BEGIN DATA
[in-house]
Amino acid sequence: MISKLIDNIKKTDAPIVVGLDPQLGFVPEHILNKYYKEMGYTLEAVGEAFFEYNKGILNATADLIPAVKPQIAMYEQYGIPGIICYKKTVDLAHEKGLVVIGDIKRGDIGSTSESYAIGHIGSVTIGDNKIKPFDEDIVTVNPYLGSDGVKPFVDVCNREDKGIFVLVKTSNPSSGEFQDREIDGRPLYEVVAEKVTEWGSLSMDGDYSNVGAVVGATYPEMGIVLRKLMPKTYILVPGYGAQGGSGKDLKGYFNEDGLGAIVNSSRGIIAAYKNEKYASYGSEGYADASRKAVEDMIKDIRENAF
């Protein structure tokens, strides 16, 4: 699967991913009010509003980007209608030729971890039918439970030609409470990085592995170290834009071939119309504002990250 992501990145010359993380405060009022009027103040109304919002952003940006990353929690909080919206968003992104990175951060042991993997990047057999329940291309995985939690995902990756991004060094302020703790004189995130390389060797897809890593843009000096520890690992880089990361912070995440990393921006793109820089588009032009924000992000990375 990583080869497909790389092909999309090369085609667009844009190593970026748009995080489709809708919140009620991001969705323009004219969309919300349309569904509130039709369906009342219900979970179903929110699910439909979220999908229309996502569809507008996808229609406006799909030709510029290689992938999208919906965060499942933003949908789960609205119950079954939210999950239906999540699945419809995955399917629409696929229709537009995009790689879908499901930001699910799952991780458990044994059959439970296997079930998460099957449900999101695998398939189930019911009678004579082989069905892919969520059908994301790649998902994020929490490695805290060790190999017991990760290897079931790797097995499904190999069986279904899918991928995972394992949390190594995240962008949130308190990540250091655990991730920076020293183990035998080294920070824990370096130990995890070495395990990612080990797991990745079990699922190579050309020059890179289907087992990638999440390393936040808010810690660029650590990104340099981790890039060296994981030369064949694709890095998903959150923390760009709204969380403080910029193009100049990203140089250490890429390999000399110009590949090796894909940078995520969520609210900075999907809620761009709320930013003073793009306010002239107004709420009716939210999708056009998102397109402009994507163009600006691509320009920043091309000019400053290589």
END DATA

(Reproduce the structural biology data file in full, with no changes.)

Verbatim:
[in-house]
Amino acid sequence: MISKLIDNIKKTDAPIVVGLDPQLGFVPEHILNKYYKEMGYTLEAVGEAFFEYNKGILNATADLIPAVKPQIAMYEQYGIPGIICYKKTVDLAHEKGLVVIGDIKRGDIGSTSESYAIGHIGSVTIGDNKIKPFDEDIVTVNPYLGSDGVKPFVDVCNREDKGIFVLVKTSNPSSGEFQDREIDGRPLYEVVAEKVTEWGSLSMDGDYSNVGAVVGATYPEMGIVLRKLMPKTYILVPGYGAQGGSGKDLKGYFNEDGLGAIVNSSRGIIAAYKNEKYASYGSEGYADASRKAVEDMIKDIRENAF
């Protein structure tokens, strides 16, 4: 699967991913009010509003980007209608030729971890039918439970030609409470990085592995170290834009071939119309504002990250 992501990145010359993380405060009022009027103040109304919002952003940006990353929690909080919206968003992104990175951060042991993997990047057999329940291309995985939690995902990756991004060094302020703790004189995130390389060797897809890593843009000096520890690992880089990361912070995440990393921006793109820089588009032009924000992000990375 990583080869497909790389092909999309090369085609667009844009190593970026748009995080489709809708919140009620991001969705323009004219969309919300349309569904509130039709369906009342219900979970179903929110699910439909979220999908229309996502569809507008996808229609406006799909030709510029290689992938999208919906965060499942933003949908789960609205119950079954939210999950239906999540699945419809995955399917629409696929229709537009995009790689879908499901930001699910799952991780458990044994059959439970296997079930998460099957449900999101695998398939189930019911009678004579082989069905892919969520059908994301790649998902994020929490490695805290060790190999017991990760290897079931790797097995499904190999069986279904899918991928995972394992949390190594995240962008949130308190990540250091655990991730920076020293183990035998080294920070824990370096130990995890070495395990990612080990797991990745079990699922190579050309020059890179289907087992990638999440390393936040808010810690660029650590990104340099981790890039060296994981030369064949694709890095998903959150923390760009709204969380403080910029193009100049990203140089250490890429390999000399110009590949090796894909940078995520969520609210900075999907809620761009709320930013003073793009306010002239107004709420009716939210999708056009998102397109402009994507163009600006691509320009920043091309000019400053290589």